The Subsurface Flow Module is for engineers and scientists who want to simulate fluid flow below ground or in other porous media and also connect this flow with other phenomena, such as poroelasticity, heat transfer, chemistry, and electromagnetic fields. It can be used for modeling groundwater flow, the spread of waste and pollution through soil, the flow of oil and gas to wells, and land subsidence due to groundwater extraction. The Subsurface Flow Module can model subsurface flow in channels, saturated and variably saturated porous media, or fractures, and couple these to simulations of solute and heat transport, geochemical reactions, and poroelasticity. Many different industries need to deal with challenges within geophysics and hydrology. Engineers from the fields of civil, mining, petroleum, agricultural, chemical, nuclear, and environmental engineering often need to consider these phenomena as the industries they work in directly or indirectly (through environmental considerations) affect the Earth on which we live.

Contained within the Subsurface Flow Module are a number of tailor-made interfaces describing certain physics for the modeling of flow and other phenomena in subterranean environments. Known as physics interfaces, they can be combined and directly coupled to other physics interfaces within the Subsurface Flow Module, or with physics interfaces within any of the other modules in the COMSOL Product Suite. This includes coupling the poroelastic behavior described by the Subsurface Flow Module to nonlinear solid mechanics applications for soil and rock in the Geomechanics Module.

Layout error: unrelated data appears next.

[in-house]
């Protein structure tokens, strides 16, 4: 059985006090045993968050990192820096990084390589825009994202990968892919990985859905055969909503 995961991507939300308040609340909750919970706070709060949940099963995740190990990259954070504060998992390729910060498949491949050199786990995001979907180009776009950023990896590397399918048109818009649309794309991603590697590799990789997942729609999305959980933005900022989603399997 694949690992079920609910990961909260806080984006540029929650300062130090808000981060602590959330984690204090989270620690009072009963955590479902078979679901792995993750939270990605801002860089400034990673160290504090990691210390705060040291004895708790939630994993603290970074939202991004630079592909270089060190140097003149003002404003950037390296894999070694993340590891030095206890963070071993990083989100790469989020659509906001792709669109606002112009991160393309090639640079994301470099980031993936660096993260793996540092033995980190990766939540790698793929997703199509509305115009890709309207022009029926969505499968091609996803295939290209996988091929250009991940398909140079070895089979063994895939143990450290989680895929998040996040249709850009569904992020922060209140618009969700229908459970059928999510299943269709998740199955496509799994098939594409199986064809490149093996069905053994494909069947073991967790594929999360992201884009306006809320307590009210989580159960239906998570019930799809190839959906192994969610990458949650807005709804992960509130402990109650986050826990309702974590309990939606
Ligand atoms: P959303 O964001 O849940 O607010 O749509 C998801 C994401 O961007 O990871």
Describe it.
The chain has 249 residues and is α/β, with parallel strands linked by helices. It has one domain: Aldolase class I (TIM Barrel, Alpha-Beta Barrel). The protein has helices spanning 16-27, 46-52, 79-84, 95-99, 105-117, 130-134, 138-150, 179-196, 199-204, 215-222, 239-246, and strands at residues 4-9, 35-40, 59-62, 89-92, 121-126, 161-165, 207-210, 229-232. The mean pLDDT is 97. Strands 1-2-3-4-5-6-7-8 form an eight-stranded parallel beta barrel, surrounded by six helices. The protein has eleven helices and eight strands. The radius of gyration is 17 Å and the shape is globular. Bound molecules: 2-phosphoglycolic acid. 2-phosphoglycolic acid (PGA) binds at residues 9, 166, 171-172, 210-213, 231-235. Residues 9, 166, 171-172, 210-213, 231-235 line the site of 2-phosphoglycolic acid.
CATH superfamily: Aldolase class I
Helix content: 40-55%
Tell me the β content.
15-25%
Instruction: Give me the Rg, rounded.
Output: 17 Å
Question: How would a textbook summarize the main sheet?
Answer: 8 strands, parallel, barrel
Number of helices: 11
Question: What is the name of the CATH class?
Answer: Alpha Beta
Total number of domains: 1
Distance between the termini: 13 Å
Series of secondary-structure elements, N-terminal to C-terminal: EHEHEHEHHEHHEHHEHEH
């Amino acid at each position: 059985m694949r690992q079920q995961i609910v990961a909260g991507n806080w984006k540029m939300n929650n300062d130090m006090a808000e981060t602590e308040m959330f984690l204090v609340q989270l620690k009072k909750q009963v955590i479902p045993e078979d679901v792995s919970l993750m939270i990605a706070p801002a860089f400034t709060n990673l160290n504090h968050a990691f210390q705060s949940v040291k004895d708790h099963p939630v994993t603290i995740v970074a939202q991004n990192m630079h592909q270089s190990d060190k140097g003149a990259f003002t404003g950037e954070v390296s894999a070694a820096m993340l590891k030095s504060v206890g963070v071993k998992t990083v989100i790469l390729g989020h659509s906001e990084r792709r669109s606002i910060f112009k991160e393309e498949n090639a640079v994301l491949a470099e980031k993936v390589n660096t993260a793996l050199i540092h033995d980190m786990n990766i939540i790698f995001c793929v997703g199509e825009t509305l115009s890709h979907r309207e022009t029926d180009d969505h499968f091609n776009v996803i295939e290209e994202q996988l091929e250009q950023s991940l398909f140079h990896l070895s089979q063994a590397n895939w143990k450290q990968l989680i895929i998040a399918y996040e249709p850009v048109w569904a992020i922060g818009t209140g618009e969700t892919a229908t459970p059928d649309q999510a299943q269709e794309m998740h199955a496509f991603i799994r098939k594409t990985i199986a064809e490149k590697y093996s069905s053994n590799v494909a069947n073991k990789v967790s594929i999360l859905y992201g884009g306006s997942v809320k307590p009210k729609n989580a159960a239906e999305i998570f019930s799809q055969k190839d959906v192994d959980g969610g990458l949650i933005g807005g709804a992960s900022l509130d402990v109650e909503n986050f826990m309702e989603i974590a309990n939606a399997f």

COMSOL gives you the flexibility to enter any arbitrary equations within the edit fields in The Subsurface Flow Module's physics interfaces, which can be useful for defining geochemical reaction rates and kinetics in the interfaces for material transport. Yet, coupling these physics interfaces with theChemical Reaction Engineering Module means that you can model many multi-species reactions with the easy-to-use physics interfaces for defining chemical reactions that this module contains. Integrating these two products is very useful for modeling the many reaction steps involved in the spread of nuclear waste from their repositories over thousands of years.

The Subsurface Flow Module features a number of physics interfaces for the simulation of subsurface flow and processes dependent upon it: